wiki:VisionFramework

Vision Framework

Mentors: Joy Cho

Students: Reid Huntley, Benji Albert, Nathan Misner

Background

From 2015-2017, team 2537 developed a machine vision platform for autonomous targeting and navigation. It was first used successfully during the 2016-2017 season and helped the team reach the finals at the world championship. The vision platform is based on the Raspberry Pi 3 with camera module in a clear case. The 2016-2017 version used an MP1584EN power supply to convert the 12v battery voltage to the 5v required for the machine vision hardware. It also included a transistor switch to allow the Pi to control power to a green 12v LED light ring. Communication between the Pi and roboRIO was uni-directional using PWM; the PWM duty cycle represented the angle for the robot to rotate to be perfectly aligned with the target (the gear peg in Steamworks). Many lessons were learned including:

  • Mount the vision system securely, the more it moves relative to the robot, the less accuracy it will deliver
  • Don't try to use vision while the robot is driving, the vibration makes the images move too much
  • Protect your vision module from collisions: we used a custom polycarbonate shield

2017-2018 Objectives

Extend the vision module software to make it more accessible to other teams and more user friendly generally. Changes planned include:

  • Execute a base program on startup that continuously reads the camera feed (subscribes to camera) and publishes corresponding data via the Pi's serial output (located on the Pi's GPIO connector). This data can then be fairly simply read by the RoboRIO.
  • Improve processing speed to yield better resolution/frame rate
  • Replace the 12v monochrome LED ring with a smart Neopixel-compatible 12x RGB LED light ring based on the WS2812 controller. This will allow the module to run entirely from 5v, allow teams to select their light-ring color, and even make fancy light shows. Smart light rings are available from adafruit and eBay among other sources. You can read about the neopixel here. Neopixel control can be achieved using many libraries including diozero; see also here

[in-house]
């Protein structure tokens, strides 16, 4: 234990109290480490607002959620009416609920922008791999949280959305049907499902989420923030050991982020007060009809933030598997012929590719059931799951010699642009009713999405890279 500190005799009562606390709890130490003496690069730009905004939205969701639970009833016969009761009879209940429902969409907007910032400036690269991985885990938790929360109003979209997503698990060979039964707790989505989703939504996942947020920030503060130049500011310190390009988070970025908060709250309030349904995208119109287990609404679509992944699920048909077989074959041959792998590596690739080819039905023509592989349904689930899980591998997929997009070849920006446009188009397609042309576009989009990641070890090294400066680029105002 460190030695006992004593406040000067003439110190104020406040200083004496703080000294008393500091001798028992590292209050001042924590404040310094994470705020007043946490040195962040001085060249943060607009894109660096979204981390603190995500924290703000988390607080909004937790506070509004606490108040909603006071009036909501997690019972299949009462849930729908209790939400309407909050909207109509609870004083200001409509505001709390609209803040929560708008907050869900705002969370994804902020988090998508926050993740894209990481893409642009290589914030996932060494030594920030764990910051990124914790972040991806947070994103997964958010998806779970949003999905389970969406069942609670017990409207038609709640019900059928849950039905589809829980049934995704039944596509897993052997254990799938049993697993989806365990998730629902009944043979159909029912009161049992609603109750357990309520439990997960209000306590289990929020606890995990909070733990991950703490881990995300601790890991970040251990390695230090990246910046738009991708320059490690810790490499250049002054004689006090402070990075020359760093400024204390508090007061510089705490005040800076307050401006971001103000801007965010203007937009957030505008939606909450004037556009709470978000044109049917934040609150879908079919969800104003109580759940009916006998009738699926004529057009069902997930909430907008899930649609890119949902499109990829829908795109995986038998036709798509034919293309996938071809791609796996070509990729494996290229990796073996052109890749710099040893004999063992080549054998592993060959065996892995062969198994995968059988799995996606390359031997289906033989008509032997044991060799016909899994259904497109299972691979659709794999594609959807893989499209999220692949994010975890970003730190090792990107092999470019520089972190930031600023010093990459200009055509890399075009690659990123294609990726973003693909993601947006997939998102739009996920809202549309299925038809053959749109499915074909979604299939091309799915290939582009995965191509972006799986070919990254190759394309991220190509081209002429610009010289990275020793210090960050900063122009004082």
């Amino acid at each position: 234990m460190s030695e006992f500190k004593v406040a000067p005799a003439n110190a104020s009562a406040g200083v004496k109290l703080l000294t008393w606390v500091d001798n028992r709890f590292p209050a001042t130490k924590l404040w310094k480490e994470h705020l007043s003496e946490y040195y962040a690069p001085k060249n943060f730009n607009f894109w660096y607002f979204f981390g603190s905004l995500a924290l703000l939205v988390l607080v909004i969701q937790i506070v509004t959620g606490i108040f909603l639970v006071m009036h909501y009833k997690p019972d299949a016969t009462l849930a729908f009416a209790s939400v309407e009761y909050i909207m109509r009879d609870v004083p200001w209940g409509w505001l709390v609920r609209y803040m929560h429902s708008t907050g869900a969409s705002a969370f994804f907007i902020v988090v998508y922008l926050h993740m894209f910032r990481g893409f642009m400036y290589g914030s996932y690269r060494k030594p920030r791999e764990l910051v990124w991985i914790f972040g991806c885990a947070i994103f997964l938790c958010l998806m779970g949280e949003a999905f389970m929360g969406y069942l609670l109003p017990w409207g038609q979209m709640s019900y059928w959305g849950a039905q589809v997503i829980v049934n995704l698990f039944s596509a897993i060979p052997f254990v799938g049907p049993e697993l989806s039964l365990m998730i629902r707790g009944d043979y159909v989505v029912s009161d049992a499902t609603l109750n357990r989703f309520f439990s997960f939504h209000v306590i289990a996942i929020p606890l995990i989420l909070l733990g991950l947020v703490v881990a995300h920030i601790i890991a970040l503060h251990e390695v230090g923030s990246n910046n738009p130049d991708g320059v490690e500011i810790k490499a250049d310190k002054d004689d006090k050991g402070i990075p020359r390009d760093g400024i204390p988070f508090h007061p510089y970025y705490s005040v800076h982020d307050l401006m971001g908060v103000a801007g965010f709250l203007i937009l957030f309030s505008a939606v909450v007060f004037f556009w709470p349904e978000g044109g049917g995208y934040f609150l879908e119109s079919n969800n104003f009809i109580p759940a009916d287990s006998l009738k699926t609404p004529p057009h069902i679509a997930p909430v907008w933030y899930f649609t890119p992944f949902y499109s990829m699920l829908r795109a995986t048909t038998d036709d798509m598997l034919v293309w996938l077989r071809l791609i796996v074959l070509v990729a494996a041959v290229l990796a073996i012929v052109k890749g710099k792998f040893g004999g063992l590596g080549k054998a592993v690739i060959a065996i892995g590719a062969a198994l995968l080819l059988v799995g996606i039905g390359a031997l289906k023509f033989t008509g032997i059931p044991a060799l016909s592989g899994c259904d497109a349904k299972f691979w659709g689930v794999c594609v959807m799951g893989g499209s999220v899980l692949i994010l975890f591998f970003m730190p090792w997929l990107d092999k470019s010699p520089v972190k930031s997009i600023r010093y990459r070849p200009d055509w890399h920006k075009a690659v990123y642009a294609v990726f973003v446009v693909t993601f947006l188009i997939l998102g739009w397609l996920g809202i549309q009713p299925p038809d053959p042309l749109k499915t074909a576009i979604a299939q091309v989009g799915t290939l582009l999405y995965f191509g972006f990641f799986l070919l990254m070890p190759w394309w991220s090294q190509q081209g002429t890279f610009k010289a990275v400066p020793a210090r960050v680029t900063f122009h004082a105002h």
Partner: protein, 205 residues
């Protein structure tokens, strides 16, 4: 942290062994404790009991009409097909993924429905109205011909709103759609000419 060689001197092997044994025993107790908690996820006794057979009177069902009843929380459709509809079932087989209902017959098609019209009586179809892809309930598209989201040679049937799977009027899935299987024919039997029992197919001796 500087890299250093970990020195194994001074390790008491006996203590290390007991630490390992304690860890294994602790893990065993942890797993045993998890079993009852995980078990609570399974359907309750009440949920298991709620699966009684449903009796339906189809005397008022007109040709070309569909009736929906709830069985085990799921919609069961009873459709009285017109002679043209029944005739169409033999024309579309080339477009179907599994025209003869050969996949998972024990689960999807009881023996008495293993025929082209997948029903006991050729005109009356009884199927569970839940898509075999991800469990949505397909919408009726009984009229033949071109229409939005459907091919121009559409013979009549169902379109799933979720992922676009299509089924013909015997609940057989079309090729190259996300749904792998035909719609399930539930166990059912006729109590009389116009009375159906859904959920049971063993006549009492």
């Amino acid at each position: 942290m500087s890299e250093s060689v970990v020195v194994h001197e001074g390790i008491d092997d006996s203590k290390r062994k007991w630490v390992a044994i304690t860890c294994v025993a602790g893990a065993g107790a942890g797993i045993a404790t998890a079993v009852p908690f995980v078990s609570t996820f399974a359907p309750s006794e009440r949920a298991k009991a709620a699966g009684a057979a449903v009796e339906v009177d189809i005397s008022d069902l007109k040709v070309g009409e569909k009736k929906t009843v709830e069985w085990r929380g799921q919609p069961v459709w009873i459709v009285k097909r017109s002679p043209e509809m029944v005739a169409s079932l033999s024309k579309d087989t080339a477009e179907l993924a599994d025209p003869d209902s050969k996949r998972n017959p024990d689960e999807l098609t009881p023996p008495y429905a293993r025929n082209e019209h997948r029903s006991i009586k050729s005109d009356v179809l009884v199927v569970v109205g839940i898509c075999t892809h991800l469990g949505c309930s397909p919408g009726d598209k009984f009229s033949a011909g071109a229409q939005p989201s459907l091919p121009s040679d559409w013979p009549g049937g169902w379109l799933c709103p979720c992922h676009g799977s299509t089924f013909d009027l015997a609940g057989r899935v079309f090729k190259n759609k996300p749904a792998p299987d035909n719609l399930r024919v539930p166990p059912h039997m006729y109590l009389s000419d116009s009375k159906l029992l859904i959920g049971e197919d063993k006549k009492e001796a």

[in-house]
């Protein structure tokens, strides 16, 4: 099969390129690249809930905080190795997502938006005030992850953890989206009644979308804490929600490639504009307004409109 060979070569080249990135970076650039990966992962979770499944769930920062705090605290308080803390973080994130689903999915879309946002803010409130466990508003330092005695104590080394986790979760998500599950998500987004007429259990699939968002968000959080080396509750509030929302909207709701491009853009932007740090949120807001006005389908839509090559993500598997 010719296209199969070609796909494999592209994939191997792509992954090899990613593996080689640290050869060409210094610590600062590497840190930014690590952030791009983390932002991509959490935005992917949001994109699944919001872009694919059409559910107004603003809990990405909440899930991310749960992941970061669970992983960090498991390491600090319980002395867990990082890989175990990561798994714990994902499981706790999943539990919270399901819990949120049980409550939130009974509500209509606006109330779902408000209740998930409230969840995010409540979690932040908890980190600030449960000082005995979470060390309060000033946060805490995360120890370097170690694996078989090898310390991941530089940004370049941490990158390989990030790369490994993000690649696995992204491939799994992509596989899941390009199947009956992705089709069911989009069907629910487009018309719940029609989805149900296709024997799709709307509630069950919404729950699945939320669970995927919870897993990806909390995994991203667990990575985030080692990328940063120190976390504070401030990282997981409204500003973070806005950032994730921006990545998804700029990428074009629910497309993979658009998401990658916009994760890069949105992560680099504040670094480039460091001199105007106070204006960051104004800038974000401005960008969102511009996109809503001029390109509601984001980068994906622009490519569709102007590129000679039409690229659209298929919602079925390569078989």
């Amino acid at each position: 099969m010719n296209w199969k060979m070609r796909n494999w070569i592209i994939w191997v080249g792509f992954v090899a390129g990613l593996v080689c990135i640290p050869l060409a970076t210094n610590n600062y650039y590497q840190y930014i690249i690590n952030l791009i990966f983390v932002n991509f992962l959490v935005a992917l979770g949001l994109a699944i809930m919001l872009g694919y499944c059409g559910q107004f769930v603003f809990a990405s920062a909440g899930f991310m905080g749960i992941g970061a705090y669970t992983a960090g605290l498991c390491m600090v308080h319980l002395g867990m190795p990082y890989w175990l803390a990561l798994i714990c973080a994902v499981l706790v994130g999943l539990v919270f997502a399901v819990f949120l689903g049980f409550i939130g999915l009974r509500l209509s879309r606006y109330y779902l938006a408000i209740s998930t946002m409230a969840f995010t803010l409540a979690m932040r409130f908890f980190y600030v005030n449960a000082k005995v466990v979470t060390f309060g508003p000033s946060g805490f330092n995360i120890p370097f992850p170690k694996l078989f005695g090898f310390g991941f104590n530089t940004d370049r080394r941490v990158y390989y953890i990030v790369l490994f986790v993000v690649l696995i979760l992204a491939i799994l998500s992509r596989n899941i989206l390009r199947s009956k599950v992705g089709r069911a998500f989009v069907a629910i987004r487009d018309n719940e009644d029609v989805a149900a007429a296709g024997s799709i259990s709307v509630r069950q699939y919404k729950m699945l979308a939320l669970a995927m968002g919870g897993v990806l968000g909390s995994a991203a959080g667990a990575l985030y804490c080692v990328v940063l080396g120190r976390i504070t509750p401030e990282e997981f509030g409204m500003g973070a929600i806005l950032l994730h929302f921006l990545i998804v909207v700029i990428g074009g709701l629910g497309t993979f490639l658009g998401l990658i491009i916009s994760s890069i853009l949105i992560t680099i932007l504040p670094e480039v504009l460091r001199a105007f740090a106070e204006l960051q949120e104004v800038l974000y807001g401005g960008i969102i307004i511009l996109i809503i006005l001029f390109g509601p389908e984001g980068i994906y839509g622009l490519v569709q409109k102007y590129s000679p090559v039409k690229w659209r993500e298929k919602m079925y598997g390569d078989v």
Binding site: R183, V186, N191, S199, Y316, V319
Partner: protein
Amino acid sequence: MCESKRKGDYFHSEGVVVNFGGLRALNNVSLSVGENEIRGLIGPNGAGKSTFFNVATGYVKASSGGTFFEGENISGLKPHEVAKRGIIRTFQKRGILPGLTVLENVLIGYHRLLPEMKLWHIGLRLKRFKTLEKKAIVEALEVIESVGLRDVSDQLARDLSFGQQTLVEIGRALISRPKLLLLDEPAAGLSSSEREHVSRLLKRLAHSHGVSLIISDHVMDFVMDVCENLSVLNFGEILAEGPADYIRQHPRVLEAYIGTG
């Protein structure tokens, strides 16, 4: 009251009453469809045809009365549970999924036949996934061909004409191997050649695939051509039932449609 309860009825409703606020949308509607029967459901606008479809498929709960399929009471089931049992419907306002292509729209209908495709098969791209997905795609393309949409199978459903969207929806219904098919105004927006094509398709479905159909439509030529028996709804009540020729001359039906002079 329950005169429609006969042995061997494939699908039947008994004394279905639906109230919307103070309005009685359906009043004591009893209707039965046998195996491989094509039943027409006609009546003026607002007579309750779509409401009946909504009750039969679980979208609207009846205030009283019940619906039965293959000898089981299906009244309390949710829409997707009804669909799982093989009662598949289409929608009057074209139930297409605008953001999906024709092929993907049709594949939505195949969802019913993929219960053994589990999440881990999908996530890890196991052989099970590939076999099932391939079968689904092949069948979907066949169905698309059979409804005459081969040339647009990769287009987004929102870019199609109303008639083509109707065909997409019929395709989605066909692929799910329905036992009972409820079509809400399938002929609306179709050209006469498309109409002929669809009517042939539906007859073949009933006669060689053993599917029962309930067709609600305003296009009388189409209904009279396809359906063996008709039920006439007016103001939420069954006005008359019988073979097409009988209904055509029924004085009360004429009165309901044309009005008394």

Materials

Vision Module

Additional materials needed during development

  • Usb Keyboard and Mouse (for developing on the Pi)
  • HDMI cable or HDMI-to-VGA adapter (for developing on the Pi)
  • Monitor (that accepts HDMI or VGA input)
  • Micro USB Cable
  • USB charger capable of supplying 5v at 2A or greater

Raspberry Pi Setup

Raspbian Lite

Install Win32 Disk Imager
Get the premade image and write it on to a 16 gb or larger card

or if you want to "do it yourself"...

Install Raspian Lite onto MicroSD card via Win32 Disk Imager

Load Raspberry Pi 3 (rpi) with the newly imaged MicroSD

username: pi
password: raspberry

connect to wifi by adding the following to the /etc/network/interfaces file:

auto wlan0
iface wlan0 inet dhcp
  wpa-ssid "your-ssid"
  wpa-psk  "your-password"

reboot the pi:

sudo shutdown -r now

update with the following commands:

sudo apt-get update
sudo apt-get upgrade
sudo apt-get dist-upgrade
sudo apt-get clean

set localization configuration options:

sudo raspi-config

reboot:

sudo shutdown -r now

X server

Install Xorg and Xinit:

sudo apt-get install --no-install-recommends xserver-xorg
sudo apt-get install --no-install-recommends xinit

Install the MATE GUI:

sudo apt-get install mate-desktop-environment-core

Install LightDM login manager:

sudo apt-get install lightdm

reboot:

sudo shutdown -r now

login to MATE
At the top left:
navigate to preferences -> hardware -> keyboard shortcuts to set Run a Terminal to Ctrl + Alt + T or the like

open a terminal
navigate to Edit -> Profile Preferences -> Colors to deselect Use colors from system theme
select Built-in schemas: White on black

Development Tools

Java 8

Now that the terminal color scheme is not killing you, we are going to start off by installing java:

sudo apt-get install oracle-java8-jdk

test the java installation (output should include "1.8.0_65" and should not include "openjdk"):

java -version

Let's also set the JAVA_HOME variable to be exported on startup:

echo "export JAVA_HOME=/usr/lib/jvm/jdk-8-oracle-arm32-vfp-hflt" >> ~/.bashrc
source ~/.bashrc

Finally, let's install ANT:

sudo apt-get install ant

Pi4J (Java-GPIO Interface)

Now we can install pi4j, a Java interface for the pi GPIO:

curl -s get.pi4j.com | sudo bash

rpi_ws281x (NeoPixel? Control Library)

Then we can use the rpi_ws281x library for controlling the Adafruit NeoPixel lightring
But first, let's install some tools and dependencies:

sudo apt-get install build-essential python-dev git scons swig

Now we can install the rpi_ws281x library:

git clone https://github.com/jgarff/rpi_ws281x.git
cd rpi_ws281x
scons

OpenCV

First of all, order some pizza or something because this is going to take about 3 hours (if you are lucky).

Also, you need a heatsink for your processor before building OpenCV. If you see this overheating symbol, you will die. Straight up.